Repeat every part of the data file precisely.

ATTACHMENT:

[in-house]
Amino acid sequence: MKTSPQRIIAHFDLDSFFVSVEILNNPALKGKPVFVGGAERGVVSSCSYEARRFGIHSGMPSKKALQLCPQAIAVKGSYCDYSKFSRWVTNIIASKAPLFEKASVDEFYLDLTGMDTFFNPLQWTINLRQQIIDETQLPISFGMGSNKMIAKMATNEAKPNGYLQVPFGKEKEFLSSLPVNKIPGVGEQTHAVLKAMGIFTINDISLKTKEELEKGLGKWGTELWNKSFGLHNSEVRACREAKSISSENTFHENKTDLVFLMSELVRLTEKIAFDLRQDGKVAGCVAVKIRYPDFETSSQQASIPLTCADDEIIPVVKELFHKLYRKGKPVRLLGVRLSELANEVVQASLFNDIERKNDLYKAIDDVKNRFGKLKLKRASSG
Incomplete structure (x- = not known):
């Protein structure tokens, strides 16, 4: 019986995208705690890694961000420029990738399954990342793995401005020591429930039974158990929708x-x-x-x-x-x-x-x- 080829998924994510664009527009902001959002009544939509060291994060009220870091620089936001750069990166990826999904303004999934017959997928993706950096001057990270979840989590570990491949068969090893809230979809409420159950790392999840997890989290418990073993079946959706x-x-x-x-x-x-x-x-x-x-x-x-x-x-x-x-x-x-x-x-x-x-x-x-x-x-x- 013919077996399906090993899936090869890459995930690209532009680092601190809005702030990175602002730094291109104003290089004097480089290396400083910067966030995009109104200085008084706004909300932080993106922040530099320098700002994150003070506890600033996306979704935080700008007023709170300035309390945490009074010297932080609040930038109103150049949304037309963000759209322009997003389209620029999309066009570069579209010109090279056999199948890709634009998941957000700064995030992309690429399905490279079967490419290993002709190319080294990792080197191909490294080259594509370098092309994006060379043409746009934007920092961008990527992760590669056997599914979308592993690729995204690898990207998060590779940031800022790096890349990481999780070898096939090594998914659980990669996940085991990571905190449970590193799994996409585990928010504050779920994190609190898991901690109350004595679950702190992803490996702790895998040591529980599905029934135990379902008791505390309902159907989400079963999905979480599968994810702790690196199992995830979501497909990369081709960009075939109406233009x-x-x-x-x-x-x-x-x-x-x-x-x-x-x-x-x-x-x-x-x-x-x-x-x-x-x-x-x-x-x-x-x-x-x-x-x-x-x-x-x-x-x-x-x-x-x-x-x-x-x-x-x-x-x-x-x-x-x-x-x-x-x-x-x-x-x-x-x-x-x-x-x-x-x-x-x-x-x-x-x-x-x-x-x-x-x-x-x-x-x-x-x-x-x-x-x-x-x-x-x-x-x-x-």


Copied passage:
[in-house]
Amino acid sequence: MKTSPQRIIAHFDLDSFFVSVEILNNPALKGKPVFVGGAERGVVSSCSYEARRFGIHSGMPSKKALQLCPQAIAVKGSYCDYSKFSRWVTNIIASKAPLFEKASVDEFYLDLTGMDTFFNPLQWTINLRQQIIDETQLPISFGMGSNKMIAKMATNEAKPNGYLQVPFGKEKEFLSSLPVNKIPGVGEQTHAVLKAMGIFTINDISLKTKEELEKGLGKWGTELWNKSFGLHNSEVRACREAKSISSENTFHENKTDLVFLMSELVRLTEKIAFDLRQDGKVAGCVAVKIRYPDFETSSQQASIPLTCADDEIIPVVKELFHKLYRKGKPVRLLGVRLSELANEVVQASLFNDIERKNDLYKAIDDVKNRFGKLKLKRASSG
Incomplete structure (x- = not known):
């Protein structure tokens, strides 16, 4: 019986995208705690890694961000420029990738399954990342793995401005020591429930039974158990929708x-x-x-x-x-x-x-x- 080829998924994510664009527009902001959002009544939509060291994060009220870091620089936001750069990166990826999904303004999934017959997928993706950096001057990270979840989590570990491949068969090893809230979809409420159950790392999840997890989290418990073993079946959706x-x-x-x-x-x-x-x-x-x-x-x-x-x-x-x-x-x-x-x-x-x-x-x-x-x-x- 013919077996399906090993899936090869890459995930690209532009680092601190809005702030990175602002730094291109104003290089004097480089290396400083910067966030995009109104200085008084706004909300932080993106922040530099320098700002994150003070506890600033996306979704935080700008007023709170300035309390945490009074010297932080609040930038109103150049949304037309963000759209322009997003389209620029999309066009570069579209010109090279056999199948890709634009998941957000700064995030992309690429399905490279079967490419290993002709190319080294990792080197191909490294080259594509370098092309994006060379043409746009934007920092961008990527992760590669056997599914979308592993690729995204690898990207998060590779940031800022790096890349990481999780070898096939090594998914659980990669996940085991990571905190449970590193799994996409585990928010504050779920994190609190898991901690109350004595679950702190992803490996702790895998040591529980599905029934135990379902008791505390309902159907989400079963999905979480599968994810702790690196199992995830979501497909990369081709960009075939109406233009x-x-x-x-x-x-x-x-x-x-x-x-x-x-x-x-x-x-x-x-x-x-x-x-x-x-x-x-x-x-x-x-x-x-x-x-x-x-x-x-x-x-x-x-x-x-x-x-x-x-x-x-x-x-x-x-x-x-x-x-x-x-x-x-x-x-x-x-x-x-x-x-x-x-x-x-x-x-x-x-x-x-x-x-x-x-x-x-x-x-x-x-x-x-x-x-x-x-x-x-x-x-x-x-």